Take chopped onions and cook on medium low with bacon and oil (if needed, some bacon is so greasy you don’t need it), stir regularly with a lid on your pan to carmalize your onions. Take yer time with it, cook slow, stir often.
If you are using a pre-made pie crust make sure you’ve brought it out of the fridge, it needs a little time to get to room temperature to roll out easy.
Mix spinach, half n’ half, eggs, salt, pepper and nutmeg till eggs are incorporated (cheese too if you are using it). Once onion and bacon are cooked pour into spinach egg mix slowly so you don’t cook your eggs.
Form your pie crust to two pie pans. Pour your quiche mix into it sprinkle Parmesan cheese on top.
Bake for 45 minutes – 1 hour,at 350° OR as they say “. . . until a tooth pick comes out clean. . . “
I use far more toothpicks for testing baking food then I ever do as an actual tooth pick.
I prefer my quiche chilled with sriracha sauce on it. Matt prefers it served hot with Valentina sauce.
It stores well, freezes well too.
During Christmas break, I was grocery shopping with my mom and she sent me into the produce area with one goal in mind, pick up 4 bags of coleslaw. When I asked, WHY in the world we need FOUR bags of chopped cabbage in the middle of December she answered “Your father is addicted to cabbage.”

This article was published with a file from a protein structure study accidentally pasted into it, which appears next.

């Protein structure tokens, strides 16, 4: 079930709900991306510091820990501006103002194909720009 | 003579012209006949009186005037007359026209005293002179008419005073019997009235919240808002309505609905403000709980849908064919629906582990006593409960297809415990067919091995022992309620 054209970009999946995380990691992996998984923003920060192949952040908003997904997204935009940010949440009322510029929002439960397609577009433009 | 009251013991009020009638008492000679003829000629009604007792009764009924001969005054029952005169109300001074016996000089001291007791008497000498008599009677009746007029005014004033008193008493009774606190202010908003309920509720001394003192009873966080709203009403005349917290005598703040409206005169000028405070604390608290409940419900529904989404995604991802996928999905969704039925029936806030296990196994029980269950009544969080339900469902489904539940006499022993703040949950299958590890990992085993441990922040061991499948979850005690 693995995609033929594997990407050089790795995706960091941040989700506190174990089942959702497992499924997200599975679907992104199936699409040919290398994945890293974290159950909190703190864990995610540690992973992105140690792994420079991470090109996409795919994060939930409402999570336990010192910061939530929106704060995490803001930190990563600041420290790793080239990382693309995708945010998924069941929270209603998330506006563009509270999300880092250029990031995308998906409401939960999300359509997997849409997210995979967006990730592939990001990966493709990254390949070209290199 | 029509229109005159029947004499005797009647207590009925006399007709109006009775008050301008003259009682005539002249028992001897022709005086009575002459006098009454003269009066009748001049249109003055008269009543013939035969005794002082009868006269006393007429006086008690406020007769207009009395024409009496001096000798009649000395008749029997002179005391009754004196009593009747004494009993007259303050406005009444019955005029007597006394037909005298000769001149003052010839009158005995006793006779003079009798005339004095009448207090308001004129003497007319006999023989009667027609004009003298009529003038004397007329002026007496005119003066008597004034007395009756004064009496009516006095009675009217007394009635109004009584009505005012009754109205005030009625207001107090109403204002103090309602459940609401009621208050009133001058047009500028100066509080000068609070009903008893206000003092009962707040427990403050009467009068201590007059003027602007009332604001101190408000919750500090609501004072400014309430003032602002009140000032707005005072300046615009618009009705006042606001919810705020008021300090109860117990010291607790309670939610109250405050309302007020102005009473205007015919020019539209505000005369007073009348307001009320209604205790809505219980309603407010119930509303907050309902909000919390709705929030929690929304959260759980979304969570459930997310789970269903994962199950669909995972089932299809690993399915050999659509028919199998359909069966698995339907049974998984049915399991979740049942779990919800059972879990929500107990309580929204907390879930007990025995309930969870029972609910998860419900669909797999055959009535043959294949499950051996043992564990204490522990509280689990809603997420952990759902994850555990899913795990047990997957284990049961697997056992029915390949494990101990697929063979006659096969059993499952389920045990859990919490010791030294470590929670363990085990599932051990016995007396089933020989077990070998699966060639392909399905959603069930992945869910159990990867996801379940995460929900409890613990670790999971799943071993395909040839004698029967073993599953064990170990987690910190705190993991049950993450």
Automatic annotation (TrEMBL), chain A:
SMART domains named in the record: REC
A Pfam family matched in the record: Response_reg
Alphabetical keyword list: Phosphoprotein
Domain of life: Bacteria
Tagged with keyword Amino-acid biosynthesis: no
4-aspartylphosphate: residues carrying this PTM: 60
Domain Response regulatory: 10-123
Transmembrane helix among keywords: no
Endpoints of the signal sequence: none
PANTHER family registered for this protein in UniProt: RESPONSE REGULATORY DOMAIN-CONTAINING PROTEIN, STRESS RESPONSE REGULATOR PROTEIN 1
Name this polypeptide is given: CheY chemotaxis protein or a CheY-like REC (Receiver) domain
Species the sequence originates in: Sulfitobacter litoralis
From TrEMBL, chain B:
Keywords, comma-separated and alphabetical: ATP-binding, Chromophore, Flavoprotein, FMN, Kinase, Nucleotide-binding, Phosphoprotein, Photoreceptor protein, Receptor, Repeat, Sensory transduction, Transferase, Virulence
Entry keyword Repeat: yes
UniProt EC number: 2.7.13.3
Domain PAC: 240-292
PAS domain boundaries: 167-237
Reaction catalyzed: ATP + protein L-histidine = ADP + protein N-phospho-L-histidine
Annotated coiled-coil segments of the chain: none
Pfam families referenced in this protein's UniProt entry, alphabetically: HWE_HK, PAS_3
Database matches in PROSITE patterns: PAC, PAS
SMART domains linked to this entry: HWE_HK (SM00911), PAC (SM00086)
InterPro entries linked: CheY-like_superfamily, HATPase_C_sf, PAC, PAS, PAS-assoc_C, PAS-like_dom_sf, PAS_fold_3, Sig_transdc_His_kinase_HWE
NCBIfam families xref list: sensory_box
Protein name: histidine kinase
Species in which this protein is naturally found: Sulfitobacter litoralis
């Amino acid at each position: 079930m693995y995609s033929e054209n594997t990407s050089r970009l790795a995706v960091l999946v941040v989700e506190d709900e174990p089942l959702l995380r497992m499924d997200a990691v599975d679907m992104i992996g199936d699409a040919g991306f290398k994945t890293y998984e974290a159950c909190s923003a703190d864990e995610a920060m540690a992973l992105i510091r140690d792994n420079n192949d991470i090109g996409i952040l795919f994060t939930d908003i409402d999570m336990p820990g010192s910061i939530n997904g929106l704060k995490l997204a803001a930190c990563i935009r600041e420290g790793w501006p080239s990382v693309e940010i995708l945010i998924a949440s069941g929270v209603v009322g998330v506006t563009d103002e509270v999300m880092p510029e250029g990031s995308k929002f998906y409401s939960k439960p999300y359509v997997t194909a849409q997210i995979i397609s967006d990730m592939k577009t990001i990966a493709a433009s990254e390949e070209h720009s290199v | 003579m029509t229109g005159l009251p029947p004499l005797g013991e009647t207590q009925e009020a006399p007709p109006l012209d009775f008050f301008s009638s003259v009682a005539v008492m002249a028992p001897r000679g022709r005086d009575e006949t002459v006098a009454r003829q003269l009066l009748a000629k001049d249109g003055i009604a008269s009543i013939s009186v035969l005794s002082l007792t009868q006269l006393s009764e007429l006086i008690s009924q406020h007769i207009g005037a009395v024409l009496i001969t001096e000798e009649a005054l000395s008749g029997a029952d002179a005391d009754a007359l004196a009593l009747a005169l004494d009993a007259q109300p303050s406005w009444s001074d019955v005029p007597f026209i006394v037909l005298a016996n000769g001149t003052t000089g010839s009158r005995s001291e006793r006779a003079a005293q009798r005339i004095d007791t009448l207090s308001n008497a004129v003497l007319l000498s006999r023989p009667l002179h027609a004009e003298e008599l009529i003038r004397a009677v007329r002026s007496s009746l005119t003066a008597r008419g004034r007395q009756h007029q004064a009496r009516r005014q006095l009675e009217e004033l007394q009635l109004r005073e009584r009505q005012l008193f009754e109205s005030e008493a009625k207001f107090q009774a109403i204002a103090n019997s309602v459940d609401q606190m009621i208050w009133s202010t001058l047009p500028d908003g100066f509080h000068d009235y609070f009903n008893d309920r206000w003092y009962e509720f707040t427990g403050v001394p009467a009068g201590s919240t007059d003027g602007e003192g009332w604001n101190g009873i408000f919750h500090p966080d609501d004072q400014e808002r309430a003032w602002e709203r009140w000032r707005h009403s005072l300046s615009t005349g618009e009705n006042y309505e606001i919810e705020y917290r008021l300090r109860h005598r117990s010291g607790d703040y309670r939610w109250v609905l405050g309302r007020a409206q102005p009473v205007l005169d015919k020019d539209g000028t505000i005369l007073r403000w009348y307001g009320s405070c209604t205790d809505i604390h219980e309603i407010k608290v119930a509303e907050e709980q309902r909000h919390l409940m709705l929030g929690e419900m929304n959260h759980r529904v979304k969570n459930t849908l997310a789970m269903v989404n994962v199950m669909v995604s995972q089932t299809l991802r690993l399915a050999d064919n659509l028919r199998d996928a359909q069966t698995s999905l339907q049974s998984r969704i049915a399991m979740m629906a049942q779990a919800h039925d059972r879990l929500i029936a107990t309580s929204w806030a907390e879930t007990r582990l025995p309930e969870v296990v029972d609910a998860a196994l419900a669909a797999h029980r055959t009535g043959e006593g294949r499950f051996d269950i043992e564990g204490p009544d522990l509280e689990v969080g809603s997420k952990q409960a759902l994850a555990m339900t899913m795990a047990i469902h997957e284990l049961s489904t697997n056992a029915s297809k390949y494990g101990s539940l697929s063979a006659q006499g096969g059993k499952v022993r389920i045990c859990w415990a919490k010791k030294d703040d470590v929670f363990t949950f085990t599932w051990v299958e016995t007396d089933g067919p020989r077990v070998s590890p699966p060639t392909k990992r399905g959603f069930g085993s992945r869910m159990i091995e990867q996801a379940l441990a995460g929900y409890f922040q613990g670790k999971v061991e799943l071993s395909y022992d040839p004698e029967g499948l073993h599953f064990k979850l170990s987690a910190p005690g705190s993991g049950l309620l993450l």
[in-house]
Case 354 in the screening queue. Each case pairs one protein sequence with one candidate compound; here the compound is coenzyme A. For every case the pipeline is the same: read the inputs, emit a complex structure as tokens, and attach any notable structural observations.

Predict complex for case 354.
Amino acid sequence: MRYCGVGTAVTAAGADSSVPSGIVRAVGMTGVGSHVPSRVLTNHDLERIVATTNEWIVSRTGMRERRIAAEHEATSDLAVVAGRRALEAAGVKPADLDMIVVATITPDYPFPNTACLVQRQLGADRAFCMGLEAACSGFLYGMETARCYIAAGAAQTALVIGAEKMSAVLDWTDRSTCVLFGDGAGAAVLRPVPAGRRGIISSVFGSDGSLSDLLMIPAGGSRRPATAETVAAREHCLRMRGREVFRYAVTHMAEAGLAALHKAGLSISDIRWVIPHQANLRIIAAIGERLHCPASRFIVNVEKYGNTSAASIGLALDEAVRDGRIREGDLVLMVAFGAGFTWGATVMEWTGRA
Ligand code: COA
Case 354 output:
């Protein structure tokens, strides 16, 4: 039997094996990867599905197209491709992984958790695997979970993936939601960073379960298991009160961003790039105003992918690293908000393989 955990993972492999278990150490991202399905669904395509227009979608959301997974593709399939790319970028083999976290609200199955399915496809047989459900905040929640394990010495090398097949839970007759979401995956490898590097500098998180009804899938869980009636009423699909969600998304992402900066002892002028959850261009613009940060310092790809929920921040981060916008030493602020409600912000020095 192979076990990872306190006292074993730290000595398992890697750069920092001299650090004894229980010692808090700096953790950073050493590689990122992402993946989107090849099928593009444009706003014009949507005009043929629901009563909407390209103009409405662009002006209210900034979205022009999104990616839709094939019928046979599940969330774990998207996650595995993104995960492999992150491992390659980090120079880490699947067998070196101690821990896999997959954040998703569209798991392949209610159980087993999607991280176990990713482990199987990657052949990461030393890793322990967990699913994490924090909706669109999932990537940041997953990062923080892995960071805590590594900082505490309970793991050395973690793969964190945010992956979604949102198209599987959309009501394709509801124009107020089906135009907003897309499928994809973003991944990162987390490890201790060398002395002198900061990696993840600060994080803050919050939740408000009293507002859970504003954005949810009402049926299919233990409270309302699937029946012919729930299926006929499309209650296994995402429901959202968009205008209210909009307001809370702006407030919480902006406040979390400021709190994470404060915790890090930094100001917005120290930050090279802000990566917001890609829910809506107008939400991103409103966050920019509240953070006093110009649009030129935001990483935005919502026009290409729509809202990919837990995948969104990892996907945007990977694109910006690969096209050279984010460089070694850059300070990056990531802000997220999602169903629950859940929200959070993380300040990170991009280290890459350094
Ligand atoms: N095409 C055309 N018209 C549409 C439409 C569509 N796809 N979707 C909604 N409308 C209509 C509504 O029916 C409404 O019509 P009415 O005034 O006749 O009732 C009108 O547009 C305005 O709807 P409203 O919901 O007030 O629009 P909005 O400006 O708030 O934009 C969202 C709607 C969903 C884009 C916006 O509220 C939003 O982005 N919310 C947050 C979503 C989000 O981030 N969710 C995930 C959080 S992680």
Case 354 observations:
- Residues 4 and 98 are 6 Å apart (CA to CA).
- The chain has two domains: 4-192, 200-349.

I laughed, it’s true though, my dad eats cabbage with almost every meal, usually in raw chopped form with dressing on it, or wrapped in a tortilla with other goodness. He uses cabbage instead of any other leafy green because he loves how it tastes and it stores well. Who could blame him really, cabbage is one of my favorite foods too. And not to go all nutritional on you, but it’s packed full of healthy things, Vit C, the B-complex not to mention lots of fiber!
My sweet friend Sarah makes a Teriyaki chicken salad that this recipe is reminiscent of.
I loaded this recipe up with healthy oils, from almonds to seasame seeds, even sunflower seed oil, it’s vegan too! Mmmm. It’s good, even better the next day around. Great large crowd side dish.
Crunchy Tofu Cabbage Salad
1 head of green cabbage, chopped (but for kicks and giggles feel free to do half red & half green)
5 green onions, chopped
1 cup carrots, shredded
3/4 cup sliced almonds
2 packages ramen noodles, broken up
1 package Trader Joes Teriyaki fried tofu, cubed
1/4 cup toasted sesame seeds
1/2 cup sunflower oil
1/3 cup low sodium soy sauce (Trader Joe’s is THE BEST soy sauce Evah!)
3 TB white vinegar
3 TB honey
2 TB sugar
Toss cabbage, onions, carrots, noodles, tofu and sesame seeds together, mix gently. Mix oil, soy sauce, vinegar, honey and sugar together, pour on top of cabbage mixture. Toss together until incorporated, refrigerate overnight for best results.
Matt and I eat more rice than any other starch, this is a terrific use of leftover rice. This is a simple recipe, whips up quick for a simple dessert. We like basmati rice the most. It’s an aromatic rice, and has a lower Glycemic Index than other white rices (that’s a good thing).
I knew I wanted a Thai flair for this rice pudding, that is where the cardamom comes in. Often rice pudding has raisins in it, I didn’t have raisins around, but I always have dried cranberries around, I think they worked splendidly!
Simple Coconut Rice Pudding
4 cups cooked coconut rice
3/4 cup dried cranberries
3/4 tsp ground cardamom
2 cans light coconut milk